For more information about hard-to-see (or truly invisible) orthodontics, please contact our office or schedule a consultation. You can read more in the Dear Doctor magazine articles “Orthodontics for the Older Adult” and “Clear Aligners for Teenagers.”

By Norton Family Dentistry
January 06, 2016
Category: Dental Procedures
MasterIllusionistBenefitsfromtheMagicofOrthodontics

Magician Michael Grandinetti mystifies and astonishes audiences with his sleight of hand and mastery of illusion. But when he initially steps onto the stage, it’s his smile that grabs the attention. “The first thing… that an audience notices is your smile; it’s what really connects you as a person to them,” Michael told an interviewer.

He attributes his audience-pleasing smile to several years of orthodontic treatment as a teenager to straighten misaligned teeth, plus a lifetime of good oral care. “I’m so thankful that I did it,” he said about wearing orthodontic braces. “It was so beneficial. And… looking at the path I’ve chosen, it was life-changing.”

Orthodontics — the dental subspecialty focused on treating malocclusions (literally “bad bites”) — can indeed make life-changing improvements. Properly positioned teeth are integral to the aesthetics of any smile, and a smile that’s pleasing to look at boosts confidence and self-esteem and makes a terrific first impression. Studies have even linked having an attractive smile with greater professional success.

There can also be functional benefits such as improved biting/chewing and speech, and reduced strain on jaw muscles and joints. Additionally, well-aligned teeth are easier to clean and less likely to trap food particles that can lead to decay.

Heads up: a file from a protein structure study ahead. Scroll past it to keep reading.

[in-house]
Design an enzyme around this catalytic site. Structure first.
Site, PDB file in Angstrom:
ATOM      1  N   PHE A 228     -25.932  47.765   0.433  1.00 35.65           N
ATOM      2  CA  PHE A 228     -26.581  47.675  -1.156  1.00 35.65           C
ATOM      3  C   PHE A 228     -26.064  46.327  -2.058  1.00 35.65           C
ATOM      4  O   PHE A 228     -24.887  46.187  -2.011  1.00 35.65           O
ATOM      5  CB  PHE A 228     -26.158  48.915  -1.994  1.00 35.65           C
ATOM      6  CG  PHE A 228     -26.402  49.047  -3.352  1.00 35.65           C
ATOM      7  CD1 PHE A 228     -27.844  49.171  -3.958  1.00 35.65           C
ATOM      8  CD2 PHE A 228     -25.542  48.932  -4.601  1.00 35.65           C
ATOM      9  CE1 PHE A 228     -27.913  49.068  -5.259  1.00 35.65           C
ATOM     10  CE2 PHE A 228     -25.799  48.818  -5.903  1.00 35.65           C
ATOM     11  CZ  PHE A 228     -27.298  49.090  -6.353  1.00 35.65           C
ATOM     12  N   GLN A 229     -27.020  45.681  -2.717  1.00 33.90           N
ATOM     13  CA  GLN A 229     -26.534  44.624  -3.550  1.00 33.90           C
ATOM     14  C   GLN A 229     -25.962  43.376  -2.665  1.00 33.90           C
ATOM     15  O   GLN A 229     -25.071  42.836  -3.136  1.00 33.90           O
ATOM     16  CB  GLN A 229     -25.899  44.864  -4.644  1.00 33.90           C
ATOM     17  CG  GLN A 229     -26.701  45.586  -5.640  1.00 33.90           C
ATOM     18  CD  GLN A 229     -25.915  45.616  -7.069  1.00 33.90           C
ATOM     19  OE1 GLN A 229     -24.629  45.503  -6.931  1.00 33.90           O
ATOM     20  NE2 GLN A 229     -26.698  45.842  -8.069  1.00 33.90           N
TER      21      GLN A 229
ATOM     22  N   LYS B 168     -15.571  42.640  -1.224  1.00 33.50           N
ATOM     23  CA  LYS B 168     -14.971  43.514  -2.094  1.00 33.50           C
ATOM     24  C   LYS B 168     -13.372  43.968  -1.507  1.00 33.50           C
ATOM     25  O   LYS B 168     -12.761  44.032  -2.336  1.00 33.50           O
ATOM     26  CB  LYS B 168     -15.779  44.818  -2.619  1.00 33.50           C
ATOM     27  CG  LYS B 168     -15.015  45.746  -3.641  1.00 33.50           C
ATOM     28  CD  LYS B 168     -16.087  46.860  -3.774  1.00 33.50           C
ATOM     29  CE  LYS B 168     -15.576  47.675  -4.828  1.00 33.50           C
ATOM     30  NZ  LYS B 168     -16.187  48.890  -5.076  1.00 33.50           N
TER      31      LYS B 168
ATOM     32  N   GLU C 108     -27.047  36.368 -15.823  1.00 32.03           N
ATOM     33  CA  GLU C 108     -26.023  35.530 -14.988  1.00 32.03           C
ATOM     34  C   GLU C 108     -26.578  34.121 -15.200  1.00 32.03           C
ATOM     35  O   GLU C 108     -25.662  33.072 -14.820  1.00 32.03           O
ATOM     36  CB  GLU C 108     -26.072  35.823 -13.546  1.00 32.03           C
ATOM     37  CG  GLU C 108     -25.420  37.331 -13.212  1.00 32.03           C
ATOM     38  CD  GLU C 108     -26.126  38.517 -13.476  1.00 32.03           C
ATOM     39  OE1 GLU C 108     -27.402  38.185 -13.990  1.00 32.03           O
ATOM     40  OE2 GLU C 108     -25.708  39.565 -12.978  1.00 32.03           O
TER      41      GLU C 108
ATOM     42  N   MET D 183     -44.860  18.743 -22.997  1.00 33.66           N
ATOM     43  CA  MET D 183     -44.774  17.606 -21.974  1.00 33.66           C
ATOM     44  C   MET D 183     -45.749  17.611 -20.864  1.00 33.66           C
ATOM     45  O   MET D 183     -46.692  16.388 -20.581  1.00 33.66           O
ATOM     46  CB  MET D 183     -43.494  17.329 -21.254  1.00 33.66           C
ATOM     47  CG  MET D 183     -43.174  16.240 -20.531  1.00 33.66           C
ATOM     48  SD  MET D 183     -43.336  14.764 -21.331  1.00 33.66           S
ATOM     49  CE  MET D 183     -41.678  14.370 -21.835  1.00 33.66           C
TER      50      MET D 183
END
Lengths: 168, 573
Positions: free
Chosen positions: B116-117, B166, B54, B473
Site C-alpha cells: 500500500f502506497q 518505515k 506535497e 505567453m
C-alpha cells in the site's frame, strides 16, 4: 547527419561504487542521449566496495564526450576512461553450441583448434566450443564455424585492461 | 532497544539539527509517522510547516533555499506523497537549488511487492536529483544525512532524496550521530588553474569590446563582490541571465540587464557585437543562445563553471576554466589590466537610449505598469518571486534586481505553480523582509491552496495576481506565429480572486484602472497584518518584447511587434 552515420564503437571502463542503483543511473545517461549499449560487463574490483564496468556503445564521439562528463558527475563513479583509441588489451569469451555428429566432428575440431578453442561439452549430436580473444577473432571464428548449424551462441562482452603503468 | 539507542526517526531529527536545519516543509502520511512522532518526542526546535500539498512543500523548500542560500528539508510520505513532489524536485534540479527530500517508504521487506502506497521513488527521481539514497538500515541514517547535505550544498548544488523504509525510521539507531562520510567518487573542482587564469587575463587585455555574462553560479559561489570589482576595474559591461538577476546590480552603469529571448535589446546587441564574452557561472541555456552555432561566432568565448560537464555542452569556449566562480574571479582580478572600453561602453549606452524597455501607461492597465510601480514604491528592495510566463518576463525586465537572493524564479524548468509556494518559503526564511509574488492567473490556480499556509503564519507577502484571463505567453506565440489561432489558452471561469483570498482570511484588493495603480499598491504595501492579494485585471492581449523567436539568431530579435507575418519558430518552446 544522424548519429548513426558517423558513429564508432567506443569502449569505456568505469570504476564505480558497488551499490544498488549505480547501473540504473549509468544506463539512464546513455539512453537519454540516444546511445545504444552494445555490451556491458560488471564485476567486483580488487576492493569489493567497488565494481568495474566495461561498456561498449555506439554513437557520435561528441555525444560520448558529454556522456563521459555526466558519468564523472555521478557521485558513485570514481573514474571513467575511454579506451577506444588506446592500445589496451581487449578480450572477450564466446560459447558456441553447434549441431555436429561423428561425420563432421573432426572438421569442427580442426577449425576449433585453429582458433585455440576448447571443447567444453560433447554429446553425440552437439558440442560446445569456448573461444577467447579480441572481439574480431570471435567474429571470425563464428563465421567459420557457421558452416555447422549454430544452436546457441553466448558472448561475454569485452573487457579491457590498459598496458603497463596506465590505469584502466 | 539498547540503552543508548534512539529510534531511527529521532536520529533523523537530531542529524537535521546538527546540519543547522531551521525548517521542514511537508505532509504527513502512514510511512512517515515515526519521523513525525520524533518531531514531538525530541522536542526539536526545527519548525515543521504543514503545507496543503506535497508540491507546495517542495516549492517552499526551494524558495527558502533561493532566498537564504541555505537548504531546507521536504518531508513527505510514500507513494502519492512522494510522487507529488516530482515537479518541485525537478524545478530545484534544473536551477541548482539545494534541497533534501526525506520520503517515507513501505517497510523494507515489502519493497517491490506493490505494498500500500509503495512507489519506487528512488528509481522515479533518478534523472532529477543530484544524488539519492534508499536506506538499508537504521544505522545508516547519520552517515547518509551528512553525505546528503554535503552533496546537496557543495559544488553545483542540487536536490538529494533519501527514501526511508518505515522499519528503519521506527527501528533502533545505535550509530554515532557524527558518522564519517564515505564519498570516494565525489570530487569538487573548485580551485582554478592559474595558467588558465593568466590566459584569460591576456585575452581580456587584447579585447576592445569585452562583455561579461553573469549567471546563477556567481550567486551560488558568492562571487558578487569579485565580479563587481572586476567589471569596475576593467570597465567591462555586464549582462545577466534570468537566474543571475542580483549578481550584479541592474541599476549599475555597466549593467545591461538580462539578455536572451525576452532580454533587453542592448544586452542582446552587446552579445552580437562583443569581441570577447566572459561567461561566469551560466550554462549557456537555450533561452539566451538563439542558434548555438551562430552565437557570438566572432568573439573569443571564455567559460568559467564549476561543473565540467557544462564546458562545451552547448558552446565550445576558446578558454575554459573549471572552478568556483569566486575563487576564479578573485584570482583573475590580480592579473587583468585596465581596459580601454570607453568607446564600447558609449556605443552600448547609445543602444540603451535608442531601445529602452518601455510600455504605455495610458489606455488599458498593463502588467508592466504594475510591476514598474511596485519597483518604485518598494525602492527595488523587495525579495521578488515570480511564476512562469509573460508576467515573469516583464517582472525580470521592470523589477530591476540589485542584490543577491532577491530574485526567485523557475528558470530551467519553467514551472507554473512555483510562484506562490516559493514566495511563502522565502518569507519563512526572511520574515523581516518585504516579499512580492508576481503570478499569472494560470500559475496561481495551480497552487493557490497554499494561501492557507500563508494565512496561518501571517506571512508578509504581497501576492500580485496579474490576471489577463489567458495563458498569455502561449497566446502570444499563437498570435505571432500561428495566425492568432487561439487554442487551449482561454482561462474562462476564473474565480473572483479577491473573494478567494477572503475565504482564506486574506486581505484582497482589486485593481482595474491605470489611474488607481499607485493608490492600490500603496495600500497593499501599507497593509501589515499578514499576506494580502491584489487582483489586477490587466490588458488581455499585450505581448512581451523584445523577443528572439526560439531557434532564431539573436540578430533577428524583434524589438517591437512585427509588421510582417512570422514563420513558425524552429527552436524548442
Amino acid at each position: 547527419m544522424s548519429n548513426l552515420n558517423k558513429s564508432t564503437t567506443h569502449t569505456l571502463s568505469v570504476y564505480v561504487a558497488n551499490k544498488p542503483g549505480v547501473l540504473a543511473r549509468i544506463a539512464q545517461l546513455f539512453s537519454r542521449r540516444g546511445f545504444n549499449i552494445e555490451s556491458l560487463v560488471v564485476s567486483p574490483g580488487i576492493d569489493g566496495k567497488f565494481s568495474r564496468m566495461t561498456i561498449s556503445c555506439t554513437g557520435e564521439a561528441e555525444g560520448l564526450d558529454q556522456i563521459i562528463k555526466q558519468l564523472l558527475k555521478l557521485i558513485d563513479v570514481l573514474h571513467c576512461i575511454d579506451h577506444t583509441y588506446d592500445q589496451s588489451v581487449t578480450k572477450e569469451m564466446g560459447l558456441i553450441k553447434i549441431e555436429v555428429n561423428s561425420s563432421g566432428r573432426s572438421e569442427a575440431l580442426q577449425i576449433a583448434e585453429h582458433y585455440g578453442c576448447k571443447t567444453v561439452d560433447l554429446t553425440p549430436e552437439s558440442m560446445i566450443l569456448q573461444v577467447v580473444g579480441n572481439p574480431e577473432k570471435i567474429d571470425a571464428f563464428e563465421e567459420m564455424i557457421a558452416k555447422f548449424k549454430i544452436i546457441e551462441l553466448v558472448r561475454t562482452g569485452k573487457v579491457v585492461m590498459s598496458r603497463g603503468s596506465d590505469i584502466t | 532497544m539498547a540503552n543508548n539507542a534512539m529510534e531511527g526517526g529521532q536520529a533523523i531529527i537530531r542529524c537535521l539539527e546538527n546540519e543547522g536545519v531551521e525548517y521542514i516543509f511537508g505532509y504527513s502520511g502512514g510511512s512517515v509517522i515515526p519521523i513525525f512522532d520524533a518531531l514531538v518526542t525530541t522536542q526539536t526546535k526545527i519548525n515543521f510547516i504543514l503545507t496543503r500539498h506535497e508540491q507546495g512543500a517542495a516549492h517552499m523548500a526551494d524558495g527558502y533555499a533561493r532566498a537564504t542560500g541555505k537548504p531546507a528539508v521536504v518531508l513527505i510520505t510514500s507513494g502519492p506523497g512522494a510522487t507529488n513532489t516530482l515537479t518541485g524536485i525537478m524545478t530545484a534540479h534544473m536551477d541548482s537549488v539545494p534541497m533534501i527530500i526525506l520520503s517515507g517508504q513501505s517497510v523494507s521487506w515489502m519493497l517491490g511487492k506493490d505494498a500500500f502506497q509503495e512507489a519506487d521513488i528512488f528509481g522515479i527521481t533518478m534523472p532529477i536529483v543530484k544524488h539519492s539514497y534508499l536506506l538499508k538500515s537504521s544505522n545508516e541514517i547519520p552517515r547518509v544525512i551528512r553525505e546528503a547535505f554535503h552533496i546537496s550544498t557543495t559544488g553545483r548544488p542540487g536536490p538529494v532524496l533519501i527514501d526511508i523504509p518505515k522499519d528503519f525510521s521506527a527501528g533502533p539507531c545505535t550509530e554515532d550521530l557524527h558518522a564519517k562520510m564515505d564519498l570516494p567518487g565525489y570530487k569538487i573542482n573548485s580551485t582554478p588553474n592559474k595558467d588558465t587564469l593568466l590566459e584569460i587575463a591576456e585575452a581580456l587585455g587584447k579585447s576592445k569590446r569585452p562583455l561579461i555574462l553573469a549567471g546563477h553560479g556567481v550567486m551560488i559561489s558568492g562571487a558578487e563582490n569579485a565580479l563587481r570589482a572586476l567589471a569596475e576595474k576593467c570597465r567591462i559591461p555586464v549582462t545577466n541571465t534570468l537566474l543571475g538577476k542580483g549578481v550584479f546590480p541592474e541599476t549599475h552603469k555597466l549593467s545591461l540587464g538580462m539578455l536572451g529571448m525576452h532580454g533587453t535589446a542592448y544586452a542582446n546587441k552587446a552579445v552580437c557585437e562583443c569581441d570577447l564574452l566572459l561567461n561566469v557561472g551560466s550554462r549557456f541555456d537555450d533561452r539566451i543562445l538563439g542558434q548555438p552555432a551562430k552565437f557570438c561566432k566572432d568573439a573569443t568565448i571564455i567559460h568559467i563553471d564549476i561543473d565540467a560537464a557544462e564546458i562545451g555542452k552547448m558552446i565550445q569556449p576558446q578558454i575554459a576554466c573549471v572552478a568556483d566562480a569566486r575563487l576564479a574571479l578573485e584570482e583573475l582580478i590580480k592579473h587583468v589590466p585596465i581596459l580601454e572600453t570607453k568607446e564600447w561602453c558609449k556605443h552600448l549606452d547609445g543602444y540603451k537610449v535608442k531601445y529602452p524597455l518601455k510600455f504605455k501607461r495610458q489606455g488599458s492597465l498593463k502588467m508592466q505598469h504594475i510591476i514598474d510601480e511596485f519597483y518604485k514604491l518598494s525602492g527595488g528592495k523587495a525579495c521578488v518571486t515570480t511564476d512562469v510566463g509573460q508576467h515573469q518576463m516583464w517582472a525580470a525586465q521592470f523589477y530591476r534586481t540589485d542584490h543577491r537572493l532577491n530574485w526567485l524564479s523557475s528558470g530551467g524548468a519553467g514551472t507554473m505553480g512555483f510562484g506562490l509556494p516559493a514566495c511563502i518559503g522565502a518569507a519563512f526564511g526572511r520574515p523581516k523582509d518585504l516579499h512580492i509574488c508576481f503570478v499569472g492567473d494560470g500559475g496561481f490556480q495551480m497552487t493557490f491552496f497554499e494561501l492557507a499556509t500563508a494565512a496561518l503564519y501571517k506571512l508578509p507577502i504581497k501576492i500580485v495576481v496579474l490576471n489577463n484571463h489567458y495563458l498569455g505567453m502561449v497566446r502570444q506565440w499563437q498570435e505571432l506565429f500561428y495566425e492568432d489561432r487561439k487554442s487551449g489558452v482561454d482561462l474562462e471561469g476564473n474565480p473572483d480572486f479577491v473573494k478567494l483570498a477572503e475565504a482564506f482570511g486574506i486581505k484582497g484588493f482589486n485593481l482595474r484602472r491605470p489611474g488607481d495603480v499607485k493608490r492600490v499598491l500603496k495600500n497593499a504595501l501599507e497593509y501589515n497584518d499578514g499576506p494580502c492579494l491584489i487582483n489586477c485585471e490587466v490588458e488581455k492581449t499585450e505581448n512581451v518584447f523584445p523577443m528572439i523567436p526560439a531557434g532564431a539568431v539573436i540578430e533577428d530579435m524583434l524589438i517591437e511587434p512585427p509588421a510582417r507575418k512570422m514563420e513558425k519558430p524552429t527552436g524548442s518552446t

The Science Behind the Magic

There are more options than ever for correcting bites, but all capitalize on the fact that teeth are suspended in individual jawbone sockets by elastic periodontal ligaments that enable them to move. Orthodontic appliances (commonly called braces or clear aligners) place light, controlled forces on teeth in a calculated fashion to move them into their new desired alignment.

The “gold standard” in orthodontic treatment remains the orthodontic band for posterior (back) teeth and the bonded bracket for front teeth. Thin, flexible wires threaded through the brackets create the light forces needed for repositioning. Traditionally the brackets have been made of metal, but for those concerned about the aesthetics, they can also be made out of a clear material. Lingual braces, which are bonded to the back of teeth instead of the front, are another less visible option. The most discrete appliance is the removable clear aligner, which consists of a progression of custom-made clear trays that reposition teeth incrementally.

How’s that for a disappearing act?!